Sask. premier announces inquest into death of Samwel Uko
Uko was found dead in Wascana Lake in May after family say he was turned away at the hospital
Premier Scott Moe says the coroner's service will conduct an inquest into the death of Samwel Uko.
Moe made the announcement during question period at the Saskatchewan Legislature on Friday. He said the Saskatchewan Coroner's Service would make the official inquest announcement later in the day.
"The Saskatchewan Health Authority will be co-operating, obviously, fully with this inquest," Moe said in the legislature.
"We look forward to the findings and we're very hopeful that these findings will be able to bring some peace to the family and friends of Mr. Uko," Moe said.
Uko was found dead in Wascana Lake in Regina. His uncle previously told CBC Uko visited the Regina General Hospital twice for help on the day he died.
The 20-year-old from Abbotsford, B.C., was in Regina visiting an aunt when he died on May 21.
The provincial opposition previously called for an inquest into the death of Samwel Uko and mental health reform in the province.
Justice Minister Don Morgan said he doesn't think the inquest should be political and instead thanked the NDP for calling for an inquest.
Morgan said he contacted the Saskatchewan Coroner's Service this morning to see if there was a timeline for the coroner's investigation. He said the coroner told him they would do an investigation due to family concerns and public interest.
"It will examine sort of the sequence of events that led up to his death and I'm hoping that a couple of things come out," Morgan said.
"I'm hoping that there's things that will give his family some comfort and some closure … and I'm hoping that there's something that will give the government the ability to improve processes and procedures," Morgan said.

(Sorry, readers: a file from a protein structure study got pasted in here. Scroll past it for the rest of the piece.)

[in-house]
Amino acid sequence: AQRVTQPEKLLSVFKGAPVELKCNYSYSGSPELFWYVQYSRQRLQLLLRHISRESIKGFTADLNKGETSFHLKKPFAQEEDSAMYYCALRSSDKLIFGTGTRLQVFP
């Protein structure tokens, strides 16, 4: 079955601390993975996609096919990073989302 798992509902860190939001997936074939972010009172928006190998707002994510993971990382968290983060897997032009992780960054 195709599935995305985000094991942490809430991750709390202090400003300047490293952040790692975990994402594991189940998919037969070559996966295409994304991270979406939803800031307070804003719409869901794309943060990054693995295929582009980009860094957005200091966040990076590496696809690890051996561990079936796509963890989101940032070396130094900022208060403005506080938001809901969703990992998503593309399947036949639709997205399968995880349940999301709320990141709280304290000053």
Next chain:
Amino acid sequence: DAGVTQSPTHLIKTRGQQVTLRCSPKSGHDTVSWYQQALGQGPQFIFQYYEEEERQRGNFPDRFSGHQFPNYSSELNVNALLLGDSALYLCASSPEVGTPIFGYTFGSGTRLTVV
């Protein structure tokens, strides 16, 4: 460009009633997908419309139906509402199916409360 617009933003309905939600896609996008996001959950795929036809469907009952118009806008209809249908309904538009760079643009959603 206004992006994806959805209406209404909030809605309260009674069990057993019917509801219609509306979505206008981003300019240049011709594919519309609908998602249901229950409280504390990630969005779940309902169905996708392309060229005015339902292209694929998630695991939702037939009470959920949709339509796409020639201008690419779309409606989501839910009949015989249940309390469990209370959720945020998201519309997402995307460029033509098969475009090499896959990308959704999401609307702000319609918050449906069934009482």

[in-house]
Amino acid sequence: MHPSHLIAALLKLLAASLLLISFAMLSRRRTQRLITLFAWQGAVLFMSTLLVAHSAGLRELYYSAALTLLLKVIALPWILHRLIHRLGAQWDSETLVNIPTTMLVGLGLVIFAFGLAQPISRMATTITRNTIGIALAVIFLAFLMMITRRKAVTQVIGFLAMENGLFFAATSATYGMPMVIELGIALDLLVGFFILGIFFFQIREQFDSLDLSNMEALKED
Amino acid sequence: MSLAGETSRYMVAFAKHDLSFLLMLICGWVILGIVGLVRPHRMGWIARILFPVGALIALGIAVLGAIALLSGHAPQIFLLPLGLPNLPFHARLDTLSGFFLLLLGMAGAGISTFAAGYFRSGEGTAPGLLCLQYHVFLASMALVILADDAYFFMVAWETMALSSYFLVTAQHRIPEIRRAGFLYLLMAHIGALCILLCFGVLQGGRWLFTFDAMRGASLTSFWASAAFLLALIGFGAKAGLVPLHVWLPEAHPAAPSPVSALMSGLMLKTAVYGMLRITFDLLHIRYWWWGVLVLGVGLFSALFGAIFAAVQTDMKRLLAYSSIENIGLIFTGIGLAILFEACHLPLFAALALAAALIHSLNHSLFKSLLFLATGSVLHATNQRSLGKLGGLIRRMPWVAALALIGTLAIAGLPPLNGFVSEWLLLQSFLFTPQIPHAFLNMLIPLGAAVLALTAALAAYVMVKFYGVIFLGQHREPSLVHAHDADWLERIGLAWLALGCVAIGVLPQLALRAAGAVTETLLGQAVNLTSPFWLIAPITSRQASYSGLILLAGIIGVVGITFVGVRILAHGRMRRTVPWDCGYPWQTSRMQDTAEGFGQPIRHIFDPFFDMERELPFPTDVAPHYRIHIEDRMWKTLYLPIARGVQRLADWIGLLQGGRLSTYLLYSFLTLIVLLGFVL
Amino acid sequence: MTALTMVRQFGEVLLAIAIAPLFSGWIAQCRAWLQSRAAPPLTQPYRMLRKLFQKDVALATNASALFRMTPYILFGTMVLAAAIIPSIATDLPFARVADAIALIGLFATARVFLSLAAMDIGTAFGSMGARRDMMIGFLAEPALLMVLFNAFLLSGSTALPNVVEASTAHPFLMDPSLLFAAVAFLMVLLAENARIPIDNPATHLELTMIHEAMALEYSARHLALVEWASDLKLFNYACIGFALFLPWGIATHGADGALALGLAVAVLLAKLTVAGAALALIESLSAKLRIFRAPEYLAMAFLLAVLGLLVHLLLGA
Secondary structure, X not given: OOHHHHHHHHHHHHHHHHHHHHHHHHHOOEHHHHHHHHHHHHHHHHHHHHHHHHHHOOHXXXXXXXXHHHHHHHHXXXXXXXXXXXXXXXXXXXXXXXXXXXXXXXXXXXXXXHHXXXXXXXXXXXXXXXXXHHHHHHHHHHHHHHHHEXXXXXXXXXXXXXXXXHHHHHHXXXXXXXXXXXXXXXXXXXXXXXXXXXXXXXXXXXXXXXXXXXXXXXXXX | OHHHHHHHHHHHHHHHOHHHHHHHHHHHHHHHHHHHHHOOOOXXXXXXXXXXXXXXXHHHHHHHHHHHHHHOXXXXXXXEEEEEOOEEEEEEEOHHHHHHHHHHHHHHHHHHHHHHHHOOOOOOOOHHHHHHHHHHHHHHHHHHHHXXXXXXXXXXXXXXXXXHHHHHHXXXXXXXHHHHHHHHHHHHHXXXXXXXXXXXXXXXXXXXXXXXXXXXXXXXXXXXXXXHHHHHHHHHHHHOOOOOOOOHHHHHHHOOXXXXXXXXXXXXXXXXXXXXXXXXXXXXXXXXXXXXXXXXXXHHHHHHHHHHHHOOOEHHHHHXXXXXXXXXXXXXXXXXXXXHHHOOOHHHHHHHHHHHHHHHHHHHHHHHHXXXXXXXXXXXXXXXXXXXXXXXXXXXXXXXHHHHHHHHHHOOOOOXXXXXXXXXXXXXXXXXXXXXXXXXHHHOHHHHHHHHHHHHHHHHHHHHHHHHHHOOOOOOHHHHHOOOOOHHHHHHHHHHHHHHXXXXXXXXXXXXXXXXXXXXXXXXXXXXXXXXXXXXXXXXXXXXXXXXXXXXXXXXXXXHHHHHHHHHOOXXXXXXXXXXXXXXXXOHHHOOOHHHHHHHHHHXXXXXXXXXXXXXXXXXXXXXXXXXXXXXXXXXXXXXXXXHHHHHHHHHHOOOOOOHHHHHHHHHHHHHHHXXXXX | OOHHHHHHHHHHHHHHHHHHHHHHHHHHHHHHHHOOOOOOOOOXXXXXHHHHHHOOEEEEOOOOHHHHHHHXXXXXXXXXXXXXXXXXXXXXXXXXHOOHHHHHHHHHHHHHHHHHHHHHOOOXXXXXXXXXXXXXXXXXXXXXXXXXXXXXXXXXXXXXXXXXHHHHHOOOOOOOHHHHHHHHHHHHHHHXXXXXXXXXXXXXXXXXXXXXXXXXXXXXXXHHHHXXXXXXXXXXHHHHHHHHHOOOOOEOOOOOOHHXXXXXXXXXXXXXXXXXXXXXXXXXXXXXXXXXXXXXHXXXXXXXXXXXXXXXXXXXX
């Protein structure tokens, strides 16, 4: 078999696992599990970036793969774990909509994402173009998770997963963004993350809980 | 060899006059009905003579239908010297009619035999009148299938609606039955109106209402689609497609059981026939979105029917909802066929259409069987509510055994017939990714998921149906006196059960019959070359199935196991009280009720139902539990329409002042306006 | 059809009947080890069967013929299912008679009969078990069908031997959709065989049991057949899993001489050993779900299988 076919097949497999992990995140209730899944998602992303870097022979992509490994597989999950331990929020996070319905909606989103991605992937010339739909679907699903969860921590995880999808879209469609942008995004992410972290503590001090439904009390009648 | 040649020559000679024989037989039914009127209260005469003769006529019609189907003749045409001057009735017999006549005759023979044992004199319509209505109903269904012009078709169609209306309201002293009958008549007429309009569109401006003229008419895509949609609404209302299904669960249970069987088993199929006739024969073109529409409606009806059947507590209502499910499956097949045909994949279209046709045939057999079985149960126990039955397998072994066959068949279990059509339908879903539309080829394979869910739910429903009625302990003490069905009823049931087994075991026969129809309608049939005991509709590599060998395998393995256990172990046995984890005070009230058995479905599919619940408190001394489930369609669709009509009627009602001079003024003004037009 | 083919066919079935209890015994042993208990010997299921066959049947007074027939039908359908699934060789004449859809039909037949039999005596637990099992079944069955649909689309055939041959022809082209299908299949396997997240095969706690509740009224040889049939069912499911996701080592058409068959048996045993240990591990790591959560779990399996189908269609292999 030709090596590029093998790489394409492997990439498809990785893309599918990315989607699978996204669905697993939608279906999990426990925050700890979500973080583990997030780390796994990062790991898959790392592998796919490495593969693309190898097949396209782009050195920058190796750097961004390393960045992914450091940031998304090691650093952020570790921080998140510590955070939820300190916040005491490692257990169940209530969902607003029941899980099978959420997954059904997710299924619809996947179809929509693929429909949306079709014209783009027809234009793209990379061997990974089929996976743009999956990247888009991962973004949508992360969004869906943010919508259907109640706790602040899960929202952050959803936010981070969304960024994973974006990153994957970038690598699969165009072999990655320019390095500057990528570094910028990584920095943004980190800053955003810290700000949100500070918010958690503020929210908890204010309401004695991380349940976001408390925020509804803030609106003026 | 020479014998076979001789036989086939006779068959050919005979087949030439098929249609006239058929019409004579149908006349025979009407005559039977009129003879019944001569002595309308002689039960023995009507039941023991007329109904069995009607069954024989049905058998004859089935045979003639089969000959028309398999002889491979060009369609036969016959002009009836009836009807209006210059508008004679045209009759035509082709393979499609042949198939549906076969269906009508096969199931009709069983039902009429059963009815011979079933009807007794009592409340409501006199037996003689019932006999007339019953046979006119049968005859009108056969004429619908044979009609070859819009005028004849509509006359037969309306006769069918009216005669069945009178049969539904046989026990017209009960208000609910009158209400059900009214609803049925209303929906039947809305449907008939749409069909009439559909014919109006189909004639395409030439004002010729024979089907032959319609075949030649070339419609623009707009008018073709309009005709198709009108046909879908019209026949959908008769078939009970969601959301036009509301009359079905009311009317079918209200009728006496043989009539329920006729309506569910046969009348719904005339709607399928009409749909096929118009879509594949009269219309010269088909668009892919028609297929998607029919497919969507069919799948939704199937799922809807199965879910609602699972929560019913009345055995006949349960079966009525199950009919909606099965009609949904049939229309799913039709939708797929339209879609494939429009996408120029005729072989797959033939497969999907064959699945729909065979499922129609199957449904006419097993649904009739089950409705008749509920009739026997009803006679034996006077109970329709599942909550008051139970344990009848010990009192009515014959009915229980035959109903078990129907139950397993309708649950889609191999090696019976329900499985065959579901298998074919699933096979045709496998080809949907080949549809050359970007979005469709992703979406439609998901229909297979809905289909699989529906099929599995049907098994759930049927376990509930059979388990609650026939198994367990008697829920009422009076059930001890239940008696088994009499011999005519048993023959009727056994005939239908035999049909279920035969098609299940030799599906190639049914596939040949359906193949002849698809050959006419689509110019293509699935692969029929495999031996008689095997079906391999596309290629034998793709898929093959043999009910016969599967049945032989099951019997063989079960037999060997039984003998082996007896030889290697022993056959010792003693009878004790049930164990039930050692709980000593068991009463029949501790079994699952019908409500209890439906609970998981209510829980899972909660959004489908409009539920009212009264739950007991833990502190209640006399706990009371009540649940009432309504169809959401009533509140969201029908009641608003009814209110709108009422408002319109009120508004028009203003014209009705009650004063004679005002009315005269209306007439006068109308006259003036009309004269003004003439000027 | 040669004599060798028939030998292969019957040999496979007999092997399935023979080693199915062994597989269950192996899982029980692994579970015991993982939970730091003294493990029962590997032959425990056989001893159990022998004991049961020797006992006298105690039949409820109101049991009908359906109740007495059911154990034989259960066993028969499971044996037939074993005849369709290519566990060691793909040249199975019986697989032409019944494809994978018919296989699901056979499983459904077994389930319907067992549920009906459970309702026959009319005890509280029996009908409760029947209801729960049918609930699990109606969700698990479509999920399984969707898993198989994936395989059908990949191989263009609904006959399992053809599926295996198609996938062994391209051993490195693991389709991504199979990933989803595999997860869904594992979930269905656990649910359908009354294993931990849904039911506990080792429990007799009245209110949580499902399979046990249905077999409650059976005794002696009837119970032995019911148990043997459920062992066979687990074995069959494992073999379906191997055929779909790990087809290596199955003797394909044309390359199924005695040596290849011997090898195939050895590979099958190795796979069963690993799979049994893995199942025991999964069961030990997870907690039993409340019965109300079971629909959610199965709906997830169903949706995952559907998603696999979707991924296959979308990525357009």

Health Minister Jim Reiter said the inquest will be public. The Saskatchewan Health Authority is also conducting an investigation.
"I've been doing this long enough to know that we need to wait for the investigation because I'm sure that there is much about this that we don't know yet," Reiter said.
Opposition Leader Ryan Meili said he hopes the internal Saskatchewan Health Authority investigation report will be made public as well. Meili said even before the inquest is done, there are steps that could be taken immediately.
"We already know that the emergency rooms, the way we're currently operating, are not giving people the kind of help they need," Meili said. "People are too often turned away, waiting hours and hours and winding up leaving or their situation getting worse."
NDP bill defeated in the Legislature
The NDP had also introduced a private member's bill proposing a suicide prevention strategy that included consultation with communities and families, Meili said. The bill was defeated.
MLA Doyle Vermette was emotional when speaking after the legislative session.
"I don't know what to say," he said. "I'm just tired; I'm drained."
Vermette said he hopes the government will be asked why they couldn't support this bill. He said other jurisdictions have supported similar bills in the past.
"We can't lose any more young people's lives," Vermette said.
Reiter said the province is investing more than $30 million into mental health and addictions in the 2020-2021 budget, and recently released a suicide prevention action plan.
Reiter said the Canadian Mental Health Association endorsed the action plan. He said that plan will be their guide moving forward.
Meili says the plan didn't have consultation with families and would not prevent suicides. Vermette said it's a start but the plan needed more teeth.